The first references to fulling mills are reported in Persia from the tenth century. By the time of the Crusades in the late eleventh century, fulling mills were active throughout the medieval Islamic world, from Islamic Spain and North Africa in the west to Central Asia in the east. They appear to have originated in 9th or 10th century in the Islamic world, either in the Middle East or North Africa. Mechanical fulling was subsequently disseminated into Western Europe through Islamic Spain and Italy in the 11th and 12th centuries.
The earliest known reference to a fulling mill in France, which dates from about 1086, was discovered in Normandy. The earliest reference in England occurs in the Winton Domesday of 1117-19. Other early references belonged to the Knights Templar by 1185.
What caused Don Quixote and Sancho to pass a hilarious night of fear together? "Six huge Fulling-Mill Hammers which interchangeably thumping several Pieces of Cloth, made the terrible Noise that caus'd all Don Quixote's Anxieties and Sancho's Tribulation that Night." — from Don Quixote by Cervantes.
Popularly, ‘fulling’ is called ‘felting’ or ‘boiled wool’ by those practising fabric production crafts today (as distinguished from non-woven felt). One can create fulled (felted) fabric at home by beating a sweater in an ordinary washing machine set on hot, with the load size as small, using heavy agitation and soap. The heat, water, and agitation cause the scales of the hair fibres to open up and lock together. The shrunken result is dense, durable, and irreversible.
Woollen fabrics (unless treated), some blends including wool, or almost any animal hair will felt; but synthetics, acrylics, or materials made of plant fibre such as cotton will not. For example, the "mats" that form in cat fur and human hair "dreadlocks" are formed by a similar process of locking the microscopic scales of the hair together.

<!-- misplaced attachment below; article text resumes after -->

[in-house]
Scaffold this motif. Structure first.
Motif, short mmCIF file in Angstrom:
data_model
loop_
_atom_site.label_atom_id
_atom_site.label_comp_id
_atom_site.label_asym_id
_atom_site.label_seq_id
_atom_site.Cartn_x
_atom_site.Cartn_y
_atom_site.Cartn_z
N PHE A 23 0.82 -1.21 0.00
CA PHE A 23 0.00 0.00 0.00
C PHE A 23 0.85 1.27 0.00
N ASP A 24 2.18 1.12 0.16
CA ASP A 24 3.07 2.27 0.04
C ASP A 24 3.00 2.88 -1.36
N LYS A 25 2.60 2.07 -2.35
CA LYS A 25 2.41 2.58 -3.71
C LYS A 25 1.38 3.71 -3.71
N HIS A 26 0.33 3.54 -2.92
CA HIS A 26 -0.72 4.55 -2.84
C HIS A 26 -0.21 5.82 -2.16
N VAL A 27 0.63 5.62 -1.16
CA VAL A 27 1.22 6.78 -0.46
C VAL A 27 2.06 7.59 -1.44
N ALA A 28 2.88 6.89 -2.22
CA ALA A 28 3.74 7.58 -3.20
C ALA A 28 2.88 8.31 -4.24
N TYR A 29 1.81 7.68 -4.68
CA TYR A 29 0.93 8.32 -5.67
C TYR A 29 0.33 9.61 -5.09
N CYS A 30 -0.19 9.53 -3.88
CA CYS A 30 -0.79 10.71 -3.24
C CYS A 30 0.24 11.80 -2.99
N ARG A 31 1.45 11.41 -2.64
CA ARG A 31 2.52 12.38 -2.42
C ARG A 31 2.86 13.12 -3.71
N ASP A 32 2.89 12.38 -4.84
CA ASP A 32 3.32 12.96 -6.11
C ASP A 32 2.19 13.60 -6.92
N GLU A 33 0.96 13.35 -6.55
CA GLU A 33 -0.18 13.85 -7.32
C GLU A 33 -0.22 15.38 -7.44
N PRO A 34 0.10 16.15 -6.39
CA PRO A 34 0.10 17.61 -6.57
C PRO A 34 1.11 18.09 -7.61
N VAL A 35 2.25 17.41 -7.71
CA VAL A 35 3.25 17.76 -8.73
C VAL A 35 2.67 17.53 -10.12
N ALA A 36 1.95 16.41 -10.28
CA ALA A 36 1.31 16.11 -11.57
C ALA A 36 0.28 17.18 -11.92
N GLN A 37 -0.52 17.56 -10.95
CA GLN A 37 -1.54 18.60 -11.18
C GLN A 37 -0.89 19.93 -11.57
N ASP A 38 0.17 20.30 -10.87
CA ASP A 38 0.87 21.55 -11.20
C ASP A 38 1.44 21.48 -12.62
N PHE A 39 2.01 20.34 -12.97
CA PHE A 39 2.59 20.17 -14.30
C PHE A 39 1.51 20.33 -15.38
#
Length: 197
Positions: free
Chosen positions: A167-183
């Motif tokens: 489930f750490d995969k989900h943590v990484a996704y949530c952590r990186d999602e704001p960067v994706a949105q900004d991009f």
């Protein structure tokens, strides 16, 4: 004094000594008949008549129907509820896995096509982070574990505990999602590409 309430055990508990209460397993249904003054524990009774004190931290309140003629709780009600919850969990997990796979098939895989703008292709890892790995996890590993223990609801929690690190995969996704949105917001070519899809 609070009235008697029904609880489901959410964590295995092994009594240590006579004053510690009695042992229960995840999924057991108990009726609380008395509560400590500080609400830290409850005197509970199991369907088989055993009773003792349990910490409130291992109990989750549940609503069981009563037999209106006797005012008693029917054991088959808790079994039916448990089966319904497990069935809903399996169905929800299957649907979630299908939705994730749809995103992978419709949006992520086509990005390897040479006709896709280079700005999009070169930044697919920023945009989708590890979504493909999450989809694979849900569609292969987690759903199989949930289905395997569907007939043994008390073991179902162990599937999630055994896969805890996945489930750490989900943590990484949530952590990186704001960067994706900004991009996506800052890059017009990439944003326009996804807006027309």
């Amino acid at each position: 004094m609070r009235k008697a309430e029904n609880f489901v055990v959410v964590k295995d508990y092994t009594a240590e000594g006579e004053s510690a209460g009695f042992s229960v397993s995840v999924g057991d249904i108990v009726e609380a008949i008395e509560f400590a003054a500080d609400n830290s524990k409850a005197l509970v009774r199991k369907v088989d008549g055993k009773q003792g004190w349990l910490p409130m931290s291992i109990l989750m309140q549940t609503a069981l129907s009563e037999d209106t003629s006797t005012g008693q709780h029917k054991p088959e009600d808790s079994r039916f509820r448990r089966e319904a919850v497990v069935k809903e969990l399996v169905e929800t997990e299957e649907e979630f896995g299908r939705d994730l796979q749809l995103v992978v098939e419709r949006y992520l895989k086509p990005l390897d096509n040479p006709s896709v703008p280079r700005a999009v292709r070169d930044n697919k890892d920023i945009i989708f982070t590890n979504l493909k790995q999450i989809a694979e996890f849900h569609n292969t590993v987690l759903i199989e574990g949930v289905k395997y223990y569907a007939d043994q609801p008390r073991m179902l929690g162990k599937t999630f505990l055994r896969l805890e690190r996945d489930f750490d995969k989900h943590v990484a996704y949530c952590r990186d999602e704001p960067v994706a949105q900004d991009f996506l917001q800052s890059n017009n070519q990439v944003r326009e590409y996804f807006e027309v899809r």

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- Online Etymology Dictionary. Retrieved June 30, 2005.
- E. K. Scott, 'Early Cloth Fulling and its Machinery' Trans. Newcomen Soc. 12 (1931), 30-52.
- E. M. Carus-Wilson, 'An Industrial Revolution of the Thirteenth Century' Economic History Review, Old Series, 11(1) (1941), 39-60.
- Reginald Lennard, 'Early English Fulling Mills: Additional Examples' Economic History Review, New Series, 3(3) (1951), 342-343.
- R. A. Pelham, Fulling Mills (Society for the Protection of Ancient Buildings, mills booklet 5, c.1958)
- A. J. Parkinson, 'Fulling mills in Merinoneth' J. Merioneth Gist. & Rec. Soc. 9(4) (1984), 420-56. so that the
- D. Druchunas 'Felting, Vogue Knitting, The Basics', Sixth & Spring Books, NY. (2005) 10.
- Jones, Gareth Daniel Rhydderch of Aberloch, reproduced from The Western Mail July 17, 1933 accessed at  June 19, 2006
- Adam Robert Lucas (2005), "Industrial Milling in the Ancient and Medieval Worlds: A Survey of the Evidence for an Industrial Revolution in Medieval Europe", Technology and Culture 46 (1): 1-30 [10-1 & 27]
- Lucas, Adam (2006), Wind, Water, Work: Ancient and Medieval Milling Technology, Brill Publishers, p. 278, ISBN 9004146490
- J. Gimpel, The Medieval Machine (2nd edn, Pimlico, London 1992 repr.), 14.